After all, how much could possibly be said or written about that one song and an artist whose musical legacy was otherwise strictly limited? An artist who is no longer with us (RIP Pauly), and a song that is the best part of 20 years old.
What I didn't fully appreciate at the outset however was Grigg's intimate knowledge of his subject matter, or indeed, his ability to weave all of the peripheral events into an utterly compelling tale. Even just a few pages in it soon becomes obvious that this book is about so much more than the making of a global hit record; it's an in-depth analysis of the inner workings and peculiar mechanisms of the music industry, both locally and abroad. Well, at least the pre-internet music industry as it stood in the mid-to-late Nineties.
More than that, it's the story of a charismatic young man swept up and washed away by a series of events that took him beyond his comfort zone. Beyond anything he could possibly have previously imagined during his humble South Auckland upbringing. Events that eventually started to spiral well beyond his control. The story of a talented yet massively troubled young man ill-prepared for the fame and (limited) fortune that came his way.
And if it's about Fuemana, it's also about producer Alan Jansson, the studio wizard and collaborator behind 'How Bizarre', a far less tragic but equally inspirational figure, without whom there would have been no hit record and no story.
It's also Grigg's story, in context of the author being the owner of the label that initially released the record. As the friend, mentor, and almost constant globetrotting companion of Fuemana. And as the close friend and confidant of Jansson. That makes Grigg an authority on all of the events as they unfolded, and provides for a unique overview of the processes associated with making, releasing, and promoting the record.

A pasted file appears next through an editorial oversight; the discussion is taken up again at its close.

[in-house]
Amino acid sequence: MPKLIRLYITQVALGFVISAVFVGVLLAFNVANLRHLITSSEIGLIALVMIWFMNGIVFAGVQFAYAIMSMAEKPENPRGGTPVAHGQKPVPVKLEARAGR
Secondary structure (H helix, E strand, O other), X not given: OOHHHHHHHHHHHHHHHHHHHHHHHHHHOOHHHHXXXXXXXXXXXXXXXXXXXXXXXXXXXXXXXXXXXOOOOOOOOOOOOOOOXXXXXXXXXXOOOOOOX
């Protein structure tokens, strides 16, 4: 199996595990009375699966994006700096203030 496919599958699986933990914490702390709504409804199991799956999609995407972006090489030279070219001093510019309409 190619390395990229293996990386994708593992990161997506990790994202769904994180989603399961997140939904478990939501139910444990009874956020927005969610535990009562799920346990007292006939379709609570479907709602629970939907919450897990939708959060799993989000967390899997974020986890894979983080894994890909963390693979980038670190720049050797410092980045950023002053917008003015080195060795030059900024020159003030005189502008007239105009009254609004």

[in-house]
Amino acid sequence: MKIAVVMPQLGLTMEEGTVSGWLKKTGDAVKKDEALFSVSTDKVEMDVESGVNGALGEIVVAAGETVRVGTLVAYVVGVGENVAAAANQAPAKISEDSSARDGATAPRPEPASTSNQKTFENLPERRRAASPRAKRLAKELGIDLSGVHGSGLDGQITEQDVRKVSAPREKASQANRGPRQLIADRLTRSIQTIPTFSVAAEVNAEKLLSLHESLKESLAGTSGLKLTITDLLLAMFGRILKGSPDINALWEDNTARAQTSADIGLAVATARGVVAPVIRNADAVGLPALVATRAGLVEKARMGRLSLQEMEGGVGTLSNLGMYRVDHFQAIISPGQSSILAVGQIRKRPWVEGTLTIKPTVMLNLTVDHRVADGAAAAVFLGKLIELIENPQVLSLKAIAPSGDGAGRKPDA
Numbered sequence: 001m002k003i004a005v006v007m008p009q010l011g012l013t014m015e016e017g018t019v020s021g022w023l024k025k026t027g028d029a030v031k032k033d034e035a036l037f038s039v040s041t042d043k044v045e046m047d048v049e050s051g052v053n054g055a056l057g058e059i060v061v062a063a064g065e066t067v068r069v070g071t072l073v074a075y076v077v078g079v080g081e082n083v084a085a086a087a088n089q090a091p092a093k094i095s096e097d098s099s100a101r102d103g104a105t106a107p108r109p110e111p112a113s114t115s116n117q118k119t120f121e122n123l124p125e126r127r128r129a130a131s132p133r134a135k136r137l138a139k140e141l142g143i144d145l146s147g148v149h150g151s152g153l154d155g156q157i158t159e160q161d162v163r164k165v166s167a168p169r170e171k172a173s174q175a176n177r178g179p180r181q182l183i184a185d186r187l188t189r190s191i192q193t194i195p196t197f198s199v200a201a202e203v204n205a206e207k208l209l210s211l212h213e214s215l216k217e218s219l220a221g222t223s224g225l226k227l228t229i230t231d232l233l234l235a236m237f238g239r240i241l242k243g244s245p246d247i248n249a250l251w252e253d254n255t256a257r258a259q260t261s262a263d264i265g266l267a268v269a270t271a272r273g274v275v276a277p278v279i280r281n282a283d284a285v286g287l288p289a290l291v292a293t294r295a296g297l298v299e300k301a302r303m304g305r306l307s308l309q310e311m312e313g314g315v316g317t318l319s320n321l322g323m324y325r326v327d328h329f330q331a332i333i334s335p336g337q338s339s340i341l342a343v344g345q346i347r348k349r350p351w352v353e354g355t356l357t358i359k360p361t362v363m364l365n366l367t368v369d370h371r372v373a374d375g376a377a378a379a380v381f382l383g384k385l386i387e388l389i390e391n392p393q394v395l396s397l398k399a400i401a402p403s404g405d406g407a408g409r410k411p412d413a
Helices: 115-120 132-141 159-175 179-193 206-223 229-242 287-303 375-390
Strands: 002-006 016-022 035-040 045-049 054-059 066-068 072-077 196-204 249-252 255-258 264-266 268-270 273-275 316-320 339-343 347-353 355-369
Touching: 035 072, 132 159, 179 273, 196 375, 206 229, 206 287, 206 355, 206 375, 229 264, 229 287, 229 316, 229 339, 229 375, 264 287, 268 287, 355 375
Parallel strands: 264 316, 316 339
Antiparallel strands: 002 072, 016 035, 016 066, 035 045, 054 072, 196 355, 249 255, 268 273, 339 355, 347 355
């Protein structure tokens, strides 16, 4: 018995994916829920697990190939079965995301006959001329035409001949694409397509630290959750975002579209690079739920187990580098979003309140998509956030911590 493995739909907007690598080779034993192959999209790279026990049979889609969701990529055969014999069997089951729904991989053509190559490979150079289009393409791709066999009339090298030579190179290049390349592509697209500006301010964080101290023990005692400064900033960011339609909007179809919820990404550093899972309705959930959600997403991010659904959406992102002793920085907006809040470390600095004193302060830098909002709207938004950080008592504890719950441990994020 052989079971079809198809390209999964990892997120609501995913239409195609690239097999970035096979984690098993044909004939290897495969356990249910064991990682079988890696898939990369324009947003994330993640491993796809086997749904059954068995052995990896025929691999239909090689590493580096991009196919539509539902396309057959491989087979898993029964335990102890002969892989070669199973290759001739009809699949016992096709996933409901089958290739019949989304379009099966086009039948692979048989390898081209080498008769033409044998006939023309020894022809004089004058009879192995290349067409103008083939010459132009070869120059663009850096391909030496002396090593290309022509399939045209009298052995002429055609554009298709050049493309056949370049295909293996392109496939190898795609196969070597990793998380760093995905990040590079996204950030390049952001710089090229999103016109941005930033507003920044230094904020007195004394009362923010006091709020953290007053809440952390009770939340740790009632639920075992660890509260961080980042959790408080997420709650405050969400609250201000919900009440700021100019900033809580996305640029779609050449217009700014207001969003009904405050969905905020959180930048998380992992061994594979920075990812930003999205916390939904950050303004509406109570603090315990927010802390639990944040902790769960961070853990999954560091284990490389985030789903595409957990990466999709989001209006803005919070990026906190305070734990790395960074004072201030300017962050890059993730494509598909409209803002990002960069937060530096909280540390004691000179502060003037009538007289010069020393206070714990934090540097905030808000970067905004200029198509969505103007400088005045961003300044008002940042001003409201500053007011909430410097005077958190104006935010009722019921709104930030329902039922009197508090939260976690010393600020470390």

Grigg is also able to offer honest views on all of the important personalities and parties involved. Plus rare insight into the era, the fledging South Auckland “scene”, and the wider “urban pacific” genre. The book is also testimony to the author’s meticulous record-keeping. Nobody else could have told this story with the love and detail offered here by Grigg.
And so 20 years on, the full story behind ‘How Bizarre’ – the first (only?) NZ-recorded and released song to feature on Top of the Pops – finally gets written. It’s a story every music fan should read. Many of the key elements within are surely not unique to this particular record. Or specific to New Zealand, for that matter. More simply, ‘How Bizarre’ is one of those hard-to-put-down books you’ll want to finish reading before you do anything else. Highly recommended.
How Bizarre ...Pauly Fuemana and the Song that Stormed the World by Simon Grigg is published by Awa Press, and is available now, priced at $38.